Responding to the news that Brooklyn City Planning Commissioner Dolly
Williams is a co-owner of real estate mogul Bruce Ratner’s recently
purchased New Jersey Nets, a group opposed to the team’s move to
Downtown Brooklyn filed a grievance this week with the city.
The complaint, filed with the Conflicts of Interest Board by the anti-arena
group Develop-Don’t Destroy Brooklyn, charges that by investing in
the team — as well as in Ratner’s plan to build an arena, office
buildings and a housing development — Williams has “broken the
law,” and should be forced to either divest of her Nets interest,
estimated at nearly $1 million, or face criminal prosecution.
Borough President Marty Markowitz’s appointment of Williams to the
powerful planning board made her a key player in the city’s land
use approval process. She and her husband, Adonijah Williams, own A. Williams
Construction and are joint investors in the team Ratner hopes to bring
to an arena he would build at the corner of Flatbush and Atlantic avenues.
“This is a flagrant violation of city law,” said Daniel Goldstein,
a spokesman for Develop-Don’t Destroy. The group opposes Forest City
Ratner’s bid to build Atlantic Yards, a 21-acre project that includes
the basketball arena, 4,500 units of housing and three towering office
buildings on property extending from the downtown intersection into Prospect
Heights. The plan calls for the state to seize nearly 10 acres of privately
“As a planning commissioner, Williams can smooth the way for this
project, which is gong to line her pockets at taxpayer’s expense
— and she’s drawing a $45,131 city salary while she does it,”
In a letter to Mark Davies, executive director of the Conflicts of Interest
Board, Goldstein called Williams’ interest in the team a violation
of Chapter 68 of the City Charter, the section detailing conflicts of
interests involving city officials.
In his letter, Goldstein states that the provision applies to all paid
city officers and that the law goes on to say that a city officer with
ownership interest in firms doing business with the city has a conflict
“[Forest City Ratner] plans to borrow money from the city for this
project; hence the company will be doing business with the city,”
Goldstein writes. “What is also of interest is the fact that [Forest
City Ratner Executive Vice President] Jim Stuckey has said that his company
is ‘working closely with City Planning.’ He has stated this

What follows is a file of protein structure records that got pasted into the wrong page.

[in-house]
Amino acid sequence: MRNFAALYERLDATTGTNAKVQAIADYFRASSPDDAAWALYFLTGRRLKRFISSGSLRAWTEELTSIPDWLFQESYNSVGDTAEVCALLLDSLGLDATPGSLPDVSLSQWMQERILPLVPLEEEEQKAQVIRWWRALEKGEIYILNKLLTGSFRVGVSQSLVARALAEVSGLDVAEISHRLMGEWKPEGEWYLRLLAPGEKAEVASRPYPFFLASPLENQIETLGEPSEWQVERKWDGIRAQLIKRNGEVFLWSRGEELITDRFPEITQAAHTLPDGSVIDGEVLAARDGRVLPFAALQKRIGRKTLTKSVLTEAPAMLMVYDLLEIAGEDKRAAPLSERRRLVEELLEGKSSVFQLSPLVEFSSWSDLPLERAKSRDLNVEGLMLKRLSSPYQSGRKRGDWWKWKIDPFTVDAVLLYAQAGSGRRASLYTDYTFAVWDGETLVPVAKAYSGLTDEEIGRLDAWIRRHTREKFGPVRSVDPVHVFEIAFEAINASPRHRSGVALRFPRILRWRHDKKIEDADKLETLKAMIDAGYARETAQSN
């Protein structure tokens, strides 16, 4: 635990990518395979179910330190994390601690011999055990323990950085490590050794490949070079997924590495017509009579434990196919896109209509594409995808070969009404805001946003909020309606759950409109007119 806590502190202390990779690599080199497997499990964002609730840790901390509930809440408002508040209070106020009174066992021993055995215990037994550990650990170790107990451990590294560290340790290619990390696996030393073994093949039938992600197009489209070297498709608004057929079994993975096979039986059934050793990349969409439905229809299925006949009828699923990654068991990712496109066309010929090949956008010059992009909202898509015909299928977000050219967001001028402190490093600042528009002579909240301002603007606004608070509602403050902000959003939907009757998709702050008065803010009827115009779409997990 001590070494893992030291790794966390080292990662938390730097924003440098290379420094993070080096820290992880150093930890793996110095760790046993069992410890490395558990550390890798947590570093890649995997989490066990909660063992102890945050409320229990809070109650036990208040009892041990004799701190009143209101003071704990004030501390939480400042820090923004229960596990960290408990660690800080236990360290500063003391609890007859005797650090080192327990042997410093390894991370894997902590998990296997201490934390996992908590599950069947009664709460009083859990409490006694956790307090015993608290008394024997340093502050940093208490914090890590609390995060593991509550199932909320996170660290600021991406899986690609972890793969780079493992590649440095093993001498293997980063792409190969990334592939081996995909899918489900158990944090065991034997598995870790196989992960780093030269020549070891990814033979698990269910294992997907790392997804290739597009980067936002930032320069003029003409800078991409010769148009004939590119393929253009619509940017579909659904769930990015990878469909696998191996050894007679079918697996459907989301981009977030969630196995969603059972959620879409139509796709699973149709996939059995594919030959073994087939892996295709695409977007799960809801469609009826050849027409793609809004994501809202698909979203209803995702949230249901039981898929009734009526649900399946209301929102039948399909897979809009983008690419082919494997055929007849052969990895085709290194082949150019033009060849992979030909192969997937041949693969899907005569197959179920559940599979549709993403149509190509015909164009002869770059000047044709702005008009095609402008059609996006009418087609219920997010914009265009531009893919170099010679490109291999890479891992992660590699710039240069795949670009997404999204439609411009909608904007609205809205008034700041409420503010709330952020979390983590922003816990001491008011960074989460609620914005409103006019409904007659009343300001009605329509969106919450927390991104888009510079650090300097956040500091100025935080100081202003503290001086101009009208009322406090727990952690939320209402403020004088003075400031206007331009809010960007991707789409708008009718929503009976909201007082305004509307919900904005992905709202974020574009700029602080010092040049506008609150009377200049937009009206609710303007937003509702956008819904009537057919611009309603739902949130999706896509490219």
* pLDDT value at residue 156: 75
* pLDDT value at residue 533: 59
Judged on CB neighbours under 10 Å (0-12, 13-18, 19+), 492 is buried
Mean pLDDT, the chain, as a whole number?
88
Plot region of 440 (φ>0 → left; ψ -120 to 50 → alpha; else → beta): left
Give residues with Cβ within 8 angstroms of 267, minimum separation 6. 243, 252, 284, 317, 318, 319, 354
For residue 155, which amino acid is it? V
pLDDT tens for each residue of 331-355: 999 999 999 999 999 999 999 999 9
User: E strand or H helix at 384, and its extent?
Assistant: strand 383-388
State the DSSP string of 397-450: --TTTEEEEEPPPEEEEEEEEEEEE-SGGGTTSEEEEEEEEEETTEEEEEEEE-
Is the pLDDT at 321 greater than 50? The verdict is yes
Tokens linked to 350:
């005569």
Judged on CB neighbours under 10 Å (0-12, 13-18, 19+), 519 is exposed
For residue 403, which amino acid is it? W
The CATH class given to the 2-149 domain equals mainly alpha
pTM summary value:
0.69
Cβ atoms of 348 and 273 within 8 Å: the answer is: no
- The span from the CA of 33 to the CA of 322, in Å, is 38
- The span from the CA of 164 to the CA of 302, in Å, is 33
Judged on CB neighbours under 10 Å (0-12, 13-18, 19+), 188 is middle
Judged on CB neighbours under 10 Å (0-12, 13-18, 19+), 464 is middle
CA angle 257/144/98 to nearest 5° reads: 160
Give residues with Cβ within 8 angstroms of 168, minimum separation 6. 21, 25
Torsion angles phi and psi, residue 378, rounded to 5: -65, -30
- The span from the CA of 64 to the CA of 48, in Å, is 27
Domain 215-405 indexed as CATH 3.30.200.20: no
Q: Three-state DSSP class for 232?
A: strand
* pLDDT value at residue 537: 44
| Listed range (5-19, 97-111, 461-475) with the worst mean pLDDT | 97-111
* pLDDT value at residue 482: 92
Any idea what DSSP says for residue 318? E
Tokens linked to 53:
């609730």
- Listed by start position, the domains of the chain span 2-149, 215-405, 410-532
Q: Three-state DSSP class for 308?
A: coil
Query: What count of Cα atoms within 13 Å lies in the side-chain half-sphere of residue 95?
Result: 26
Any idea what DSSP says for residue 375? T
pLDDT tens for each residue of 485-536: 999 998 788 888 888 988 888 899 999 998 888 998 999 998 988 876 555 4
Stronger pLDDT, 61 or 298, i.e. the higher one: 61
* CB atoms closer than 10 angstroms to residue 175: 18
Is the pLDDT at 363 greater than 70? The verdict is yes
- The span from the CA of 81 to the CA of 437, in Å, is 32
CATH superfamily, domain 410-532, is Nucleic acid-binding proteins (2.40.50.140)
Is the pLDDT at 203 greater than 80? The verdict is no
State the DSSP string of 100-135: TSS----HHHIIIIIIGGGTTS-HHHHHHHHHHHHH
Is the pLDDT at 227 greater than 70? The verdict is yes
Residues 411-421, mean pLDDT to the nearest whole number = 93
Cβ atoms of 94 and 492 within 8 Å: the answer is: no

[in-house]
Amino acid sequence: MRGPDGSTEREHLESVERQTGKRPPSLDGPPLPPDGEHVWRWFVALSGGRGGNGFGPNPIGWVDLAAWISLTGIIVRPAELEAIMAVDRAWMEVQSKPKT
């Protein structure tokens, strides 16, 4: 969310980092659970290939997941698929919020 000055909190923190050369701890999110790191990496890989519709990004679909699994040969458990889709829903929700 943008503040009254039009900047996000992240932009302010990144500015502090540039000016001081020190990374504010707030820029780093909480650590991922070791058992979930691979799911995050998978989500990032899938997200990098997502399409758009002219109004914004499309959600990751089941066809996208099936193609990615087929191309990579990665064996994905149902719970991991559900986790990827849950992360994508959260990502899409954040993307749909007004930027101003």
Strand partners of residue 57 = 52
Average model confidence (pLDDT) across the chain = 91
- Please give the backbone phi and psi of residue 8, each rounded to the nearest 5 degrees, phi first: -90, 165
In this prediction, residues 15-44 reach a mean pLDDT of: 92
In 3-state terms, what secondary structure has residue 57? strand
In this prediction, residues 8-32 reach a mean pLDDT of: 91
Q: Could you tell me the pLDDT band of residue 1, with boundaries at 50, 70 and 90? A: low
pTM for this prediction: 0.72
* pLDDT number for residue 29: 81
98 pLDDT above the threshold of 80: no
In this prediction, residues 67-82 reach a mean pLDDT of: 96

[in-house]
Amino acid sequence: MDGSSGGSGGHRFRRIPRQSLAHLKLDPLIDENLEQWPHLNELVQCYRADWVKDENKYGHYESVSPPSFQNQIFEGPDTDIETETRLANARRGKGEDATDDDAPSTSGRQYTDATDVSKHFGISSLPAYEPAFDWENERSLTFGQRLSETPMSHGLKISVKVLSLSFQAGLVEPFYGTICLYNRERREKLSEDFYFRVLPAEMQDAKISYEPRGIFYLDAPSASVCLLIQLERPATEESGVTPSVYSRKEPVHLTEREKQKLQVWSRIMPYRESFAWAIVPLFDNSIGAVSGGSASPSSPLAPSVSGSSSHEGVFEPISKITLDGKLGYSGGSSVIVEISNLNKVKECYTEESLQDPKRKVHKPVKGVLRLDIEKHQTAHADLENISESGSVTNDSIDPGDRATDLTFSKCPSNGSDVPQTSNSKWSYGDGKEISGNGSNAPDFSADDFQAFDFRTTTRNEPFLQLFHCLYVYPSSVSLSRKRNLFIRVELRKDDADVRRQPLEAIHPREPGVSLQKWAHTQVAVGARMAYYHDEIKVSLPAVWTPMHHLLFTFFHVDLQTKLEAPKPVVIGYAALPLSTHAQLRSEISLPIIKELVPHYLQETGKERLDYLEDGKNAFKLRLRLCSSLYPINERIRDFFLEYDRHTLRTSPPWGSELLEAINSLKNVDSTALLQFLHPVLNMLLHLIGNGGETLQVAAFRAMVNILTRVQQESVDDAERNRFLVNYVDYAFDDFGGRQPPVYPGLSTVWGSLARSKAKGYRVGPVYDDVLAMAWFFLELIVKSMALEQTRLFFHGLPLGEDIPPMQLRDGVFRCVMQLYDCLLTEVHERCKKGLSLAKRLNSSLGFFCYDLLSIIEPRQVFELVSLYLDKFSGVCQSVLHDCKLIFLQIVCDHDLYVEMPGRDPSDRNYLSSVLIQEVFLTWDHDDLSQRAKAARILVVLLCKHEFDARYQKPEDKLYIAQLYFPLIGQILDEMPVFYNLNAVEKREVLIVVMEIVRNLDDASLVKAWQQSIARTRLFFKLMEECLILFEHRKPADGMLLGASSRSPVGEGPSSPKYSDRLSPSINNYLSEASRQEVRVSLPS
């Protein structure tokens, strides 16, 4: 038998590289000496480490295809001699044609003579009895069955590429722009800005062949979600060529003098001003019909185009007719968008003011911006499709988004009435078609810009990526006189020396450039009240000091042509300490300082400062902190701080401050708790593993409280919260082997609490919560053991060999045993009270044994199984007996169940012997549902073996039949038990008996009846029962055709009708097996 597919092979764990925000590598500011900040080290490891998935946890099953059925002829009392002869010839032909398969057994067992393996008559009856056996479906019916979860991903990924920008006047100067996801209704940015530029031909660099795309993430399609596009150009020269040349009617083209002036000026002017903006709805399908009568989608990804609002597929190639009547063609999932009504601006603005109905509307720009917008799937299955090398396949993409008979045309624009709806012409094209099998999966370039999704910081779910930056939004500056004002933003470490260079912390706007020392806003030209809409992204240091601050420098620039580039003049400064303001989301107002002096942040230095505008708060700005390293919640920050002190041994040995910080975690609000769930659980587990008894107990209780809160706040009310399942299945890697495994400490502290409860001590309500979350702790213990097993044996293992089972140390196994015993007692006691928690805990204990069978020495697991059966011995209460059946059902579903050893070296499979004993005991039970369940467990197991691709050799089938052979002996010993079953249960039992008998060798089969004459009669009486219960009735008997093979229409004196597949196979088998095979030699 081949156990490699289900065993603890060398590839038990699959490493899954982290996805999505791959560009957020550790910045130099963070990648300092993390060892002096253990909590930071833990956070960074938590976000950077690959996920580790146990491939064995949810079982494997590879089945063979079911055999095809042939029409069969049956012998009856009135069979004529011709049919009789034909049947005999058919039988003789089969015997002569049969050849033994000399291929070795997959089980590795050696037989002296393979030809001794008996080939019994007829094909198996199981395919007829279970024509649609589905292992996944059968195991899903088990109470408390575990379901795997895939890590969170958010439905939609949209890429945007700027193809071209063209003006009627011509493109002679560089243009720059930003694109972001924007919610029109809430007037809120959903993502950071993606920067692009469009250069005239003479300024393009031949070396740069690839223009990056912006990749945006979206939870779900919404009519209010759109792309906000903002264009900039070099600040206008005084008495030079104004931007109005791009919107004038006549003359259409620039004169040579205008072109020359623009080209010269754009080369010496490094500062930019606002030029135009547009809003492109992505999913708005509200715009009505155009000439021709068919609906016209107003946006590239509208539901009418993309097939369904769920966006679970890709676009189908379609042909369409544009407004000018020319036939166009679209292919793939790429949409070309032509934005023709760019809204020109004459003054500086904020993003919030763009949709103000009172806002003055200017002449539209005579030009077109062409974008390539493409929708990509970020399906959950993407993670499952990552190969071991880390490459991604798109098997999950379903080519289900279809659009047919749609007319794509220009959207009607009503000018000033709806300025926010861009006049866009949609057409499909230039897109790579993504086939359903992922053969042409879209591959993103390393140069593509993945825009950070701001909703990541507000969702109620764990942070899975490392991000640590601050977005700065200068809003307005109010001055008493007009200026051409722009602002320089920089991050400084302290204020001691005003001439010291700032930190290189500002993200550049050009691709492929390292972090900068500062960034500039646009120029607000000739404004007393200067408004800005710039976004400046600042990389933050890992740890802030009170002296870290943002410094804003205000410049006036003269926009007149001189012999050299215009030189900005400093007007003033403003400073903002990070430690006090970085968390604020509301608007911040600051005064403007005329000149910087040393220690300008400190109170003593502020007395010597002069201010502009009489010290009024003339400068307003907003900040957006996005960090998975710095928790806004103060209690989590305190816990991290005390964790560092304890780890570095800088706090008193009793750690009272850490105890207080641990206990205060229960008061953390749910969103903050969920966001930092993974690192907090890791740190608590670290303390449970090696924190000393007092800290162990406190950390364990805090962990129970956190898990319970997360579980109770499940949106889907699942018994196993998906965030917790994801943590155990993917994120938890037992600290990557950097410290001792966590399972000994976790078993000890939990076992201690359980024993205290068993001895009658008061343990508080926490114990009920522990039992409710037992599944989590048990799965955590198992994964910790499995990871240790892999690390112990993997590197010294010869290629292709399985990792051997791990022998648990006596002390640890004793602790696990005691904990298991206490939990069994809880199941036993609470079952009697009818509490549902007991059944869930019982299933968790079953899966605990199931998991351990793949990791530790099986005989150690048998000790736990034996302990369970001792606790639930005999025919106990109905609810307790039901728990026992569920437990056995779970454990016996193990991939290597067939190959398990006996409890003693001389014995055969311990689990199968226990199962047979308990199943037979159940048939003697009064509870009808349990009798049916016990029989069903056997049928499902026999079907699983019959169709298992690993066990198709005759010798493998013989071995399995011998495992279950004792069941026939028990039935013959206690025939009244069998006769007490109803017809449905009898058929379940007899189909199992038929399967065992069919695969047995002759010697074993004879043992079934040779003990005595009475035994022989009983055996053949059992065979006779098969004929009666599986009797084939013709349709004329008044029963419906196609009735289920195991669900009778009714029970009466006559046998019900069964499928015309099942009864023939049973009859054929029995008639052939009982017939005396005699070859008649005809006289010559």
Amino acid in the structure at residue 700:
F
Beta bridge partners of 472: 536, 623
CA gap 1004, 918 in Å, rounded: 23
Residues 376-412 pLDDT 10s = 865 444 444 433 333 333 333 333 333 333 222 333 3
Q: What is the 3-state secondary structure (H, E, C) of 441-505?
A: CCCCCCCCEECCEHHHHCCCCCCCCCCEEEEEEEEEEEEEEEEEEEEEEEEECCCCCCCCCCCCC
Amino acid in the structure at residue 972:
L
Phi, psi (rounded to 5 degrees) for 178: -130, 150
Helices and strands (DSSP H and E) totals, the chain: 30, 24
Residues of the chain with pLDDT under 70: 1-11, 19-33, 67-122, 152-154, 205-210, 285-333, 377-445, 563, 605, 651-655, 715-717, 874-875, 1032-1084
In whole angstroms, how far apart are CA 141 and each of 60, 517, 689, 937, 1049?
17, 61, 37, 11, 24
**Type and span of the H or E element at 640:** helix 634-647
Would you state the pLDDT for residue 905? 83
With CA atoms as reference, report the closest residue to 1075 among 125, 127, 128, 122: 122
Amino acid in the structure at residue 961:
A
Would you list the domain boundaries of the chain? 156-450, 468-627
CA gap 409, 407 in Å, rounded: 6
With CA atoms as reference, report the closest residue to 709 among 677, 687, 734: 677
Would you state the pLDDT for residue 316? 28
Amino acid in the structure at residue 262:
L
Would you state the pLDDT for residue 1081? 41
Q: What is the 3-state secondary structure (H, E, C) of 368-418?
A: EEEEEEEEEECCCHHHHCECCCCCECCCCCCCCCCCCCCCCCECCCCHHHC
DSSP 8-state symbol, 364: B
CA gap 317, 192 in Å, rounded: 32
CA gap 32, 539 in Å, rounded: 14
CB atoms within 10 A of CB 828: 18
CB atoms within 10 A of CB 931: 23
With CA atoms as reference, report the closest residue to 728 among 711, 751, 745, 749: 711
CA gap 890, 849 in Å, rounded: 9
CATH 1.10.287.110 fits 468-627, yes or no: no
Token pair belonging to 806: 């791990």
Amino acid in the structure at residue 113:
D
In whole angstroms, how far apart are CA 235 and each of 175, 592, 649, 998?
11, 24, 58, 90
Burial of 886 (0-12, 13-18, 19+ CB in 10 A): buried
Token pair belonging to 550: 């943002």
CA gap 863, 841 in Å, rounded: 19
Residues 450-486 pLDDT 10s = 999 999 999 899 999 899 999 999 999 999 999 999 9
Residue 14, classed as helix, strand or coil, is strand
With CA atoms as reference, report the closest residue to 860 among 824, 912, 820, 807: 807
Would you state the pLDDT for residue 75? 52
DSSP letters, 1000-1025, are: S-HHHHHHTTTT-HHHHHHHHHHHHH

in public on several occasions.”
“Already, during the ULURP process for the Downtown Brooklyn Development
Plan, part of which included a segment of the proposed [arena] project,
Mrs. Williams was involved in reviewing and voting on zoning changes which
impacted the proposed Nets arena,” Goldstein writes.
“It is therefore too late to claim that Mrs. Williams will recuse
herself from any vote related to this project; she has already failed
to do so.”
The portion of the massive Downtown Brooklyn rezoning plan to which Goldstein
refers is a triangular plot of land at Atlantic and Flatbush avenues upon
which a portion of the planned arena would sit.
That land was removed from the Downtown Plan by the City Planning Commission
at the request of Prospect Heights Councilwoman Letitia James, a fervent
opponent of the Nets arena plan and a supporter of Develop-Don’t
Williams could not be reached for comment on the complaint filed with
the Conflicts of Interest Board by press time.
Asked last week about any apparent conflict, she said that while she is
an investor in both the team and Atlantic Yards development project she
“had not thought about” whether her company would be involved
in the 8 million square feet of construction.
“It is not a conflict, otherwise I would not do it,” said Williams,
whose 20-year-old construction company is worth millions.
Stuckey could not be reached for comment.
Word of Williams’ interest in the team came to light after The Brooklyn
Papers obtained, reported on and published, a copy of the Nets investor
list last week.
Atlantic Yards will likely not be required to pass the city’s Uniform
Land Use Review Procedure (ULURP). Ratner is looking to steer the 21-acre
project, half of which would be built over the state-run Metropolitan
Transportation Authority’s Long Island Rail Road storage yards, through
the far less stringent state review process.
Markowitz, a vocal supporter of the Nets-to-Brooklyn plan, appointed Williams
to the 13-member commission in 2002.
The decision of the commission, with appointees by the mayor, each borough
president and the public advocate, is generally a deciding factor in development
proposals subject to city review.
Davies, to whom Goldstein addressed the complaint, said he would neither
comment on the case nor confirm the agency received the letter.